Saturday, 15 March 2008

Project Update



In my project I propose to examine the role that music plays in the genre of videogames known as First Person Shooters (FPS). Specifically I will examine in detail the score of the Xbox game Halo 2, published by Microsoft Game Studios, and the complex relationships with other elements of the game. The Halo series of games are the Videogame equivalent of the Hollywood Blockbuster – they have some of the highest production values of the current generation of games and spend more time under development than their filmic counterparts.

Videogame analysis and critique, being a burgeoning field, has been developing a vocabulary and methodology with which to approach Videogames and their methods of creating meaning and story. Most analyses and critiques can be placed in one of two camps; those that study a Videogames efforts at inscribing a narrative in a game, identified as ‘Narratology’, often drawing on methods of analysis for other media, such as films, literature and especially hypertext and new media. The alternative, calling their study of games as systems unrelated to story ‘Ludology’, is exactly that, to treat Videogames as systems and representations, examining the rules and laws that govern the simulation.

My analysis of Halo and the music of the series involves a number of key elements. I will apply traditional musical analysis techniques to the music of Halo 2, looking at the function played by musical devices such as ‘Leitmotif’, as well as examining the effect of style and genre connotations. I will also apply a method of analysis that quantifiably examines the music in terms of ‘what plays when’ and try to find some motivation as to ‘why’ it does so. I wish to also apply an examination of the evolution of the music across the series, including key musical motifs and pieces, and view it as not only a development of the composers ‘voice’ but also as a representation of the progression of the themes of the games.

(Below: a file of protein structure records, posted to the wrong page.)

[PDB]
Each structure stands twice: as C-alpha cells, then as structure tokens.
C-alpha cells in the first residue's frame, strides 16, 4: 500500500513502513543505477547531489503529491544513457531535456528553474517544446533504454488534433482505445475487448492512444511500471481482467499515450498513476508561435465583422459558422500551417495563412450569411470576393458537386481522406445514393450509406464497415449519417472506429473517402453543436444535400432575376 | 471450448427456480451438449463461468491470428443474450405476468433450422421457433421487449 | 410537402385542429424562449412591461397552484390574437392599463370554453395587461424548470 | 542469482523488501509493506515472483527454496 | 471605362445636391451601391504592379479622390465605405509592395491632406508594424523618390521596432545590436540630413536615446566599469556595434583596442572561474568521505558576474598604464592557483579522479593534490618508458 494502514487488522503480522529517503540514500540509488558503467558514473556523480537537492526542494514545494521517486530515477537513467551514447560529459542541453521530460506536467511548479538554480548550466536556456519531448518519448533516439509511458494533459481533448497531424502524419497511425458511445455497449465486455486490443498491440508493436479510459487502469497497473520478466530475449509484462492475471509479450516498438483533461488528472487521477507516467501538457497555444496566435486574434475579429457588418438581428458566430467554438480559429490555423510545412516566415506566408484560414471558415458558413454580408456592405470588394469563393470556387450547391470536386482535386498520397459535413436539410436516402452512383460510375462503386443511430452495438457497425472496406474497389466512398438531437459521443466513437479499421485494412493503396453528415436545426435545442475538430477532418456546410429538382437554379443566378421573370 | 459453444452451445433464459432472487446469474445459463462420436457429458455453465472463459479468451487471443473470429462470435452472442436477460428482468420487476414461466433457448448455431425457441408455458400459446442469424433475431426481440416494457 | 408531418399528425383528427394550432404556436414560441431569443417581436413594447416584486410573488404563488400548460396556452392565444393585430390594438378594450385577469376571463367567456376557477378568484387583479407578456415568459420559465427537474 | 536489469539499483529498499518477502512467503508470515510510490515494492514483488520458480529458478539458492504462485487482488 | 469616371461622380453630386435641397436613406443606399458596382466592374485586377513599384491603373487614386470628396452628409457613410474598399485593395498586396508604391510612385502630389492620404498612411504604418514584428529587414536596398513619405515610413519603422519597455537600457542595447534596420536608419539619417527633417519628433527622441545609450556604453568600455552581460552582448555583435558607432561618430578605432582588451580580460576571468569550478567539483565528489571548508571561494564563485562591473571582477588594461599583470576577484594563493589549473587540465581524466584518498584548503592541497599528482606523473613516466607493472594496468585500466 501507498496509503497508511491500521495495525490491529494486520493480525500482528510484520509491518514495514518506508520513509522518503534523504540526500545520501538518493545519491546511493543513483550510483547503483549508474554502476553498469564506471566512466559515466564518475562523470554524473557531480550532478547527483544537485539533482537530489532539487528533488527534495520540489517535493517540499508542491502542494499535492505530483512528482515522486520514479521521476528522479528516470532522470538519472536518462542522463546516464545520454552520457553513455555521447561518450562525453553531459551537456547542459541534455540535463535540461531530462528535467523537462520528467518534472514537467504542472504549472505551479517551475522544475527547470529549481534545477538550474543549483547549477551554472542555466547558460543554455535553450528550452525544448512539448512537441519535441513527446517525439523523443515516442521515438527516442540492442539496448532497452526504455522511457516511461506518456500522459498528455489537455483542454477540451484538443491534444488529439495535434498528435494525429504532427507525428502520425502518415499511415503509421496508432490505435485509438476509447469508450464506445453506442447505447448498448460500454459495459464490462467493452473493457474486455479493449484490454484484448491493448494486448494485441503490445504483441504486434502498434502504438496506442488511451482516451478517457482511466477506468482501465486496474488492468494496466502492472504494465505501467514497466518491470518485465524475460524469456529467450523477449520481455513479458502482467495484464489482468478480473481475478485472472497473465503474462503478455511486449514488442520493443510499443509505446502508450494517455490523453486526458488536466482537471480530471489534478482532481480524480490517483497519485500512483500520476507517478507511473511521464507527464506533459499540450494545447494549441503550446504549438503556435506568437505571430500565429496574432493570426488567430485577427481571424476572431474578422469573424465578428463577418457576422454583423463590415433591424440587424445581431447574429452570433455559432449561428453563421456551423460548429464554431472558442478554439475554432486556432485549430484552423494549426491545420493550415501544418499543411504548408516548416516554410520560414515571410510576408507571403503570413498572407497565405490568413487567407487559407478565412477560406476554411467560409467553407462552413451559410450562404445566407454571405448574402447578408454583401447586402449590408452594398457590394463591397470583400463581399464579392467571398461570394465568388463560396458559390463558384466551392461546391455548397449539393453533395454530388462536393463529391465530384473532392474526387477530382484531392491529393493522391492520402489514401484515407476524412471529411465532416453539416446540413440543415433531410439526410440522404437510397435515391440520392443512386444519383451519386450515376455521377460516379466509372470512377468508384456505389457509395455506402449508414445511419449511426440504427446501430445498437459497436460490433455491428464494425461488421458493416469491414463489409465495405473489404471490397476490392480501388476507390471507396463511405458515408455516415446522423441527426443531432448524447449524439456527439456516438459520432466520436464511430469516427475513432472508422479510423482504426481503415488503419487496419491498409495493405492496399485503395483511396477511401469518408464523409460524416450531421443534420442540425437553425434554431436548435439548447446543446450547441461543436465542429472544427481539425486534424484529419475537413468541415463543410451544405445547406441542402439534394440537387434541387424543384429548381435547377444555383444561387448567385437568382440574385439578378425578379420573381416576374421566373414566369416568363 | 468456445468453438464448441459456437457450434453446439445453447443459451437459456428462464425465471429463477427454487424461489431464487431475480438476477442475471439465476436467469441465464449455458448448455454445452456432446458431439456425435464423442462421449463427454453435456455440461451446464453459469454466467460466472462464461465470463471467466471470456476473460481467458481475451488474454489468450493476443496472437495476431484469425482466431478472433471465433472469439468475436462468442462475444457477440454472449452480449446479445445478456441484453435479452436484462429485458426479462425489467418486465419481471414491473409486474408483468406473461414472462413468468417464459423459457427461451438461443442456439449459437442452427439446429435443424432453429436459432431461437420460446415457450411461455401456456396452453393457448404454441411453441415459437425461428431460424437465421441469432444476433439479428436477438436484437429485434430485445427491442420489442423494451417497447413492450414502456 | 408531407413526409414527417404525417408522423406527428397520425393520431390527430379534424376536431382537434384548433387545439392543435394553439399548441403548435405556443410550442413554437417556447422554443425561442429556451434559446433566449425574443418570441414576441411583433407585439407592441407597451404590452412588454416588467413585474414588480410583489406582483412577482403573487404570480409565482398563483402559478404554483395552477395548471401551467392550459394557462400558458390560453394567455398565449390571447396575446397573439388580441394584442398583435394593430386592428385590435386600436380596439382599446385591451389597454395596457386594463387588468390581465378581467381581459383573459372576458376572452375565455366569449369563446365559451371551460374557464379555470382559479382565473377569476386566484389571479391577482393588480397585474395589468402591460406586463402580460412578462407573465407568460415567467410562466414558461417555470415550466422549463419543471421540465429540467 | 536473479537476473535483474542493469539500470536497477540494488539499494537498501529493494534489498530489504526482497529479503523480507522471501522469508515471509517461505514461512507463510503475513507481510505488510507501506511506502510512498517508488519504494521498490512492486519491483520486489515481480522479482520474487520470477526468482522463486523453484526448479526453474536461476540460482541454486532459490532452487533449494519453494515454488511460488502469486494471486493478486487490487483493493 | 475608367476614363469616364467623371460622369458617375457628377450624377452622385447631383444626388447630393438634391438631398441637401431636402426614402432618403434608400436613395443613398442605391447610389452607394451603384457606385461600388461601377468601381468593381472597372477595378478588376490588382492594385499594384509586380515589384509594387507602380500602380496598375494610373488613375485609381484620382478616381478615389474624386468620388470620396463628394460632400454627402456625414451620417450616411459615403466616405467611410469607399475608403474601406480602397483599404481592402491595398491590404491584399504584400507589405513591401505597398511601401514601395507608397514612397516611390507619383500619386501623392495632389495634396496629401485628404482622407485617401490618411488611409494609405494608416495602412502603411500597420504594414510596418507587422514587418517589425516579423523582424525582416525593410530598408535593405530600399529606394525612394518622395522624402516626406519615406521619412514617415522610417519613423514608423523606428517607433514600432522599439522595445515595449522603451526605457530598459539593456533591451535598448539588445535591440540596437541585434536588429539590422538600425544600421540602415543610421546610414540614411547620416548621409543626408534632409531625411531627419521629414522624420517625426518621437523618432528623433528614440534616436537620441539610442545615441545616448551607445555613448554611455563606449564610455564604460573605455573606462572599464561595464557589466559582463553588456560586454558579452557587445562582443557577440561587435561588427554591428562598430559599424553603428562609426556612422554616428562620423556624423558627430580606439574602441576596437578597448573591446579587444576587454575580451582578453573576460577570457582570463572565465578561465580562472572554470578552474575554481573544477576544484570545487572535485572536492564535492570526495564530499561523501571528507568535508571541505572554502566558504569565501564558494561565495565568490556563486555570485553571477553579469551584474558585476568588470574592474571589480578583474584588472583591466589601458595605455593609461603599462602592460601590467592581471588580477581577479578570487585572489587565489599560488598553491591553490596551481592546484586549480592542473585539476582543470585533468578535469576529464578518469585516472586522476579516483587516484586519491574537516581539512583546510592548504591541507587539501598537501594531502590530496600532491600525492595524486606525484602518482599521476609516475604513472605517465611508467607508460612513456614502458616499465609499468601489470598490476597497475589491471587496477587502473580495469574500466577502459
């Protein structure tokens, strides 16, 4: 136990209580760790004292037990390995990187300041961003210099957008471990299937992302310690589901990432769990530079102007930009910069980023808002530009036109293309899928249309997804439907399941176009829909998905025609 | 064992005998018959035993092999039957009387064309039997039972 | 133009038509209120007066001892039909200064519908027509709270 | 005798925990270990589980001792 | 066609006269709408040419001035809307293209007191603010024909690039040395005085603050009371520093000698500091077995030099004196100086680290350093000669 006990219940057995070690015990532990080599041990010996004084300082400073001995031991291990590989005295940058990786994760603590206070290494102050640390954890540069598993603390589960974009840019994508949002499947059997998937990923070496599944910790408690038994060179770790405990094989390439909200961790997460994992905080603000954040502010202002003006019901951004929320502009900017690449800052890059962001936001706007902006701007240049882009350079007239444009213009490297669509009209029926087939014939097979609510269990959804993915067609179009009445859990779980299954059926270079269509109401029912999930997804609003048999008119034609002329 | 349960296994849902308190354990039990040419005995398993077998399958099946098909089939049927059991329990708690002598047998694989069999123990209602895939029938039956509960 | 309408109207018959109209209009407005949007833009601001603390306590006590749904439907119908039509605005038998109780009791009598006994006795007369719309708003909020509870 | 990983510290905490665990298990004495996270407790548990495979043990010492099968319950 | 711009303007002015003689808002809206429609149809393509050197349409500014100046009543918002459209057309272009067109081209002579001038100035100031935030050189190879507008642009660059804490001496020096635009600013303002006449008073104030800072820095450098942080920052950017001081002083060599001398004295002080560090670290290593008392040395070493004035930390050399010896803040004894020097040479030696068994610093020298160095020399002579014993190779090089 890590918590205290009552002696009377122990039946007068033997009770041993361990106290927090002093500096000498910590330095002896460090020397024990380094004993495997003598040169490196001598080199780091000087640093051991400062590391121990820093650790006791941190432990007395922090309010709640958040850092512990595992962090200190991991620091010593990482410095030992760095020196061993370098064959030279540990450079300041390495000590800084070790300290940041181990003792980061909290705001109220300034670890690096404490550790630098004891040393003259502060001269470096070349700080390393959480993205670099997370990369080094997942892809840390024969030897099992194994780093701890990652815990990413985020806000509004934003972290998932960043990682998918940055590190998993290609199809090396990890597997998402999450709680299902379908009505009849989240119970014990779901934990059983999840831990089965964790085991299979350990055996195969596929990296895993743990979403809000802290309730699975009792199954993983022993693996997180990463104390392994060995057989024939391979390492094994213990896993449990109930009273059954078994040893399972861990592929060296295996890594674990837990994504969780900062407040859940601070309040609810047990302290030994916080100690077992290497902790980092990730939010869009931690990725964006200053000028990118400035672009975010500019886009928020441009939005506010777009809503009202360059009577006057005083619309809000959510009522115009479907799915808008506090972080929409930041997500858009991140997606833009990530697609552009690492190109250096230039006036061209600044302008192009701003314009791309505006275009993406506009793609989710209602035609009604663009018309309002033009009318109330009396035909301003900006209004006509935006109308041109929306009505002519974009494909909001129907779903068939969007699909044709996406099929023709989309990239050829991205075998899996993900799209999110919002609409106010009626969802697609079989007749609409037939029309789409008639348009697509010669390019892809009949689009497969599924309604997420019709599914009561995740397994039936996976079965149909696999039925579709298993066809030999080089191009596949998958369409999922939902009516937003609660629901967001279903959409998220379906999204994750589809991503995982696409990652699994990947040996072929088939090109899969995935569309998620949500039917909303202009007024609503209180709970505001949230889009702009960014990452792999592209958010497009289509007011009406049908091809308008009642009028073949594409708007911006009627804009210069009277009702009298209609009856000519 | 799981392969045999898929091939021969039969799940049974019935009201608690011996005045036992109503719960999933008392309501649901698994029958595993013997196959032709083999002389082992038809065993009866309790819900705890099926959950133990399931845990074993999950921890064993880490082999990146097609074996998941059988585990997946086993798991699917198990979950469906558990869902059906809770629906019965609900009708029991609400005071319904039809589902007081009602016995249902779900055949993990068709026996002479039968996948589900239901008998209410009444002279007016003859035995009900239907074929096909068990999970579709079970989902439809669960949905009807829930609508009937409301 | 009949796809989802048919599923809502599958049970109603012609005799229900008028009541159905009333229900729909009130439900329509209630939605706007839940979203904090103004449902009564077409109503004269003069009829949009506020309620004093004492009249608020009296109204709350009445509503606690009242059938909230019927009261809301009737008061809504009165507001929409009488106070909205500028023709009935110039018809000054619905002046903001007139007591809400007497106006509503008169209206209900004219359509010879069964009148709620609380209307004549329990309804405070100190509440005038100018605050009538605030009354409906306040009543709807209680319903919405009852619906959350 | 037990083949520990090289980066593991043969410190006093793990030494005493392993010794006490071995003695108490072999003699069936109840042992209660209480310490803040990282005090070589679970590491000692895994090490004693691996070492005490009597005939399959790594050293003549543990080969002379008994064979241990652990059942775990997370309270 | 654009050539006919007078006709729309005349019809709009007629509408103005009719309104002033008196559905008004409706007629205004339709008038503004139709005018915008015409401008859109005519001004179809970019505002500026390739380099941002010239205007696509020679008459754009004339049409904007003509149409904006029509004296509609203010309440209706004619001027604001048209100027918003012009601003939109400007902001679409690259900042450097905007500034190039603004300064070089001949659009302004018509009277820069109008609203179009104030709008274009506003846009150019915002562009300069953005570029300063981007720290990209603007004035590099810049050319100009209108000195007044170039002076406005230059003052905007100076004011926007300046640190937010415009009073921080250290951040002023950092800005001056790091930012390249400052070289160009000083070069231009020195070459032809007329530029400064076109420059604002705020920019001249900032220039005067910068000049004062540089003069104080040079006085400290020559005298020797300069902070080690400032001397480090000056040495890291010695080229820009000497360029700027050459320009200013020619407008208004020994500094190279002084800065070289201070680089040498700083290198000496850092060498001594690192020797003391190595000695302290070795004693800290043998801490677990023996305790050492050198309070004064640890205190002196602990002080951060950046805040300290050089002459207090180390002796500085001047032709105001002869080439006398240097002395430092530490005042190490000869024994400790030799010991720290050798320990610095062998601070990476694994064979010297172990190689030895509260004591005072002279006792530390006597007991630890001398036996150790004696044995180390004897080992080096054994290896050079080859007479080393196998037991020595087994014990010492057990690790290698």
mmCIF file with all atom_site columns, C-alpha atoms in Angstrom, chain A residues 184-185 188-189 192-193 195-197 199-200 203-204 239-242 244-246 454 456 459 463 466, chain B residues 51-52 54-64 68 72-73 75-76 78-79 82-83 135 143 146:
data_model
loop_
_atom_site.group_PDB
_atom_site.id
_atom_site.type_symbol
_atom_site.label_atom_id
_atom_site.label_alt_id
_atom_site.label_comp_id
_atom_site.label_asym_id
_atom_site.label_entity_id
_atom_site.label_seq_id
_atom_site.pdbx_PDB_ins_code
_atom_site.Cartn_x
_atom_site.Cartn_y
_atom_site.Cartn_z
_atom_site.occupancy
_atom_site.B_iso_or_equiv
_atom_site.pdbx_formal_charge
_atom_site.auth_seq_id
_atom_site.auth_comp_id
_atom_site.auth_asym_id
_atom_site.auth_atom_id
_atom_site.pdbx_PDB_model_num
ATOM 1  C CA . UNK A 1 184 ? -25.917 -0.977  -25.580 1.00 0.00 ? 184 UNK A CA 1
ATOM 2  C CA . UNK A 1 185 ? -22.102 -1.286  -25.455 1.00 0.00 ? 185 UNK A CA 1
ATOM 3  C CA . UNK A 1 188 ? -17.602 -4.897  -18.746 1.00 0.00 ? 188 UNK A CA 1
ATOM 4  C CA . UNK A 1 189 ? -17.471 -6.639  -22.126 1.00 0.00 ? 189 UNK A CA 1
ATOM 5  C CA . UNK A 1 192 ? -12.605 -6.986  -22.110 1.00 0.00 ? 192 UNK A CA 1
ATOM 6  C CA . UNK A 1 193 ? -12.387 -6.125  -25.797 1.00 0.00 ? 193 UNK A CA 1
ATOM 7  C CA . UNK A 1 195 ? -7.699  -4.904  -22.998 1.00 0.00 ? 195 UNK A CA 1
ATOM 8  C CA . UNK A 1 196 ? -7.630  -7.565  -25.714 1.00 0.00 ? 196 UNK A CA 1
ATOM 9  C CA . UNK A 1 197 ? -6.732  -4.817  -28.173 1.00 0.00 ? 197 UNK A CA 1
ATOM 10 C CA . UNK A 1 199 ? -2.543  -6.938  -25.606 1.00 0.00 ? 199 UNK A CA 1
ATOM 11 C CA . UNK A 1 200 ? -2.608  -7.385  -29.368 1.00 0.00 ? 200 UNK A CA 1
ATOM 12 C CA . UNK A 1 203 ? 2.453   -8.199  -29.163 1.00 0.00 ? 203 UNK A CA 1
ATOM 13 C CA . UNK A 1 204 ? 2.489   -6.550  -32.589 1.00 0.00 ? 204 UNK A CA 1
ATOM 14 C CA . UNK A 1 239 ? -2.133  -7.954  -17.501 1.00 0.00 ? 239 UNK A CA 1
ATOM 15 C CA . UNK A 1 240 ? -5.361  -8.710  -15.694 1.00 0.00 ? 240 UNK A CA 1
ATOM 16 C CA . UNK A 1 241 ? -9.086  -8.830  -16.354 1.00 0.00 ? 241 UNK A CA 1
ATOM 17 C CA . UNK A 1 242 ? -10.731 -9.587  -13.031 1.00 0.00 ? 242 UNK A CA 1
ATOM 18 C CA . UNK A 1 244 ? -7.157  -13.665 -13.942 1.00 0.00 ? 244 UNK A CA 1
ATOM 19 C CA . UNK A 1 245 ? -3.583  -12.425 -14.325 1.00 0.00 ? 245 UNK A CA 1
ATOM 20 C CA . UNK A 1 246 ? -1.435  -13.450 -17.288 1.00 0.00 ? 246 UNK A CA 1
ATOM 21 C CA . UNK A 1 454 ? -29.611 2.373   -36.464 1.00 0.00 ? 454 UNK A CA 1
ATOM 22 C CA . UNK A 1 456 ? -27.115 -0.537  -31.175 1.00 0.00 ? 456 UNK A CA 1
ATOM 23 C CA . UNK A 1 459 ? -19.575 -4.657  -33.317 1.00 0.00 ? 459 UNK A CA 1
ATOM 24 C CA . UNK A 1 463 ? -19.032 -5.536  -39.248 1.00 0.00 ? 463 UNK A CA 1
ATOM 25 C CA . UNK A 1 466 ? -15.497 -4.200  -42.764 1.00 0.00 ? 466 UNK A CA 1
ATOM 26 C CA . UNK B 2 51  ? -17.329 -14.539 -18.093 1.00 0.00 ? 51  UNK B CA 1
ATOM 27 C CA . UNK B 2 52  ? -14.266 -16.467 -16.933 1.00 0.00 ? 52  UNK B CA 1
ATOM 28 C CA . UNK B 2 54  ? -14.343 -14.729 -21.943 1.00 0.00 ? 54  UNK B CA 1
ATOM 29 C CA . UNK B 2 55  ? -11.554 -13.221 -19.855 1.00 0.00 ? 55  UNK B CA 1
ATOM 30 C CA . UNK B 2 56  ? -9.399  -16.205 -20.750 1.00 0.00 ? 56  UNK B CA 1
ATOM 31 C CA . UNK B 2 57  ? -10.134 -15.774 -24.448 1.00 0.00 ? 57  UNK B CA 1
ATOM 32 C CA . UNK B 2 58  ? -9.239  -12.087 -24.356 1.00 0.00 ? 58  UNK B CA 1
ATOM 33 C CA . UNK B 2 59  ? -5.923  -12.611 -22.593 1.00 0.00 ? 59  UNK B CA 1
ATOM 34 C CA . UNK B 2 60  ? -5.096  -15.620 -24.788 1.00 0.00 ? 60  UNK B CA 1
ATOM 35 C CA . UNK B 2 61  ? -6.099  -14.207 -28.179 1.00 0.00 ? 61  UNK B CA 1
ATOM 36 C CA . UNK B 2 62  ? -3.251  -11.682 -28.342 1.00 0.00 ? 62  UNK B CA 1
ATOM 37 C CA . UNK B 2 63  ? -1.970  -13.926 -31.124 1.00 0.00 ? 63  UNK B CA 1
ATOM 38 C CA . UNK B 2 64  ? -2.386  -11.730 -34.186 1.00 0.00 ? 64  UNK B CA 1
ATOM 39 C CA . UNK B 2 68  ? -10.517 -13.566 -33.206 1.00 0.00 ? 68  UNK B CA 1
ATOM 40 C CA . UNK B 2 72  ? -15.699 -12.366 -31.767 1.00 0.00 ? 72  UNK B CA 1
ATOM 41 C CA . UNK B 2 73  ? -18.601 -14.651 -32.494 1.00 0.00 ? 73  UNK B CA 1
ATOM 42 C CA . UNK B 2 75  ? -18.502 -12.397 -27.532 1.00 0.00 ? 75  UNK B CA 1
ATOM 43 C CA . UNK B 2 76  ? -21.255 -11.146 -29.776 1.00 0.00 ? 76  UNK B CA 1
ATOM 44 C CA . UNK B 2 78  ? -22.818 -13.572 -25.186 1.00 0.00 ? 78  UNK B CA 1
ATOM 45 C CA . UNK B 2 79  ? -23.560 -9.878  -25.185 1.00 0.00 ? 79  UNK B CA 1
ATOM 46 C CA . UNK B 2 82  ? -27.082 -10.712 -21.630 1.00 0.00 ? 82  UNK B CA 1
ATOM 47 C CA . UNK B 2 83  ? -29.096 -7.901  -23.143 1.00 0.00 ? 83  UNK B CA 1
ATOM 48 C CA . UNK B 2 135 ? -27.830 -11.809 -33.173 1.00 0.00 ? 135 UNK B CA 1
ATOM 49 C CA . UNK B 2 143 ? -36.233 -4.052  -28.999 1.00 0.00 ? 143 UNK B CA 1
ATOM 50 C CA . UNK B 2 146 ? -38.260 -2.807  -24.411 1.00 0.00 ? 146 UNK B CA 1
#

In a non traditional vein, I wish to also attempt to identify important salient features of the relationship between the music and other non-musical aspects of the game. For example, I wish to analyse specific levels of the game by using concepts such as ‘level flow’, ‘progression’ and ‘optimal paths or strategies’, in an attempt to uncover meaningful relationships to the music. One tool I will use to do this is a world famous video recording of a ‘Speed Run’ in which the player, an American film student and Halo player, completes the game on the hardest difficulty setting (called ‘Legendary difficulty’) and never once dies, providing an insight into the importance of elements of the structure and layout of the levels, as well as combat techniques. The most reduced and implicit form of feedback that the player receives from the game is information about the player’s state; either the player is still alive and can continue on ‘progressing’ through the game to its conclusion, or the player is dead and must try again. This information reveals inarticulate or tacit aspects of the game that the designers intentionally and unintentionally included in the game, and which I believe are a vital aspect of the ‘meaning’ created by the game. The crux of the rationale for this approach is a belief that Halo 2 locates much of its created meaning (in a largely non-narrative sense) outside of traditional narrative structures and devices such as dialogue, narration and cinematic direction. In this way, I believe that I will see a parallel to meanings and ideas created by and revealed in the music.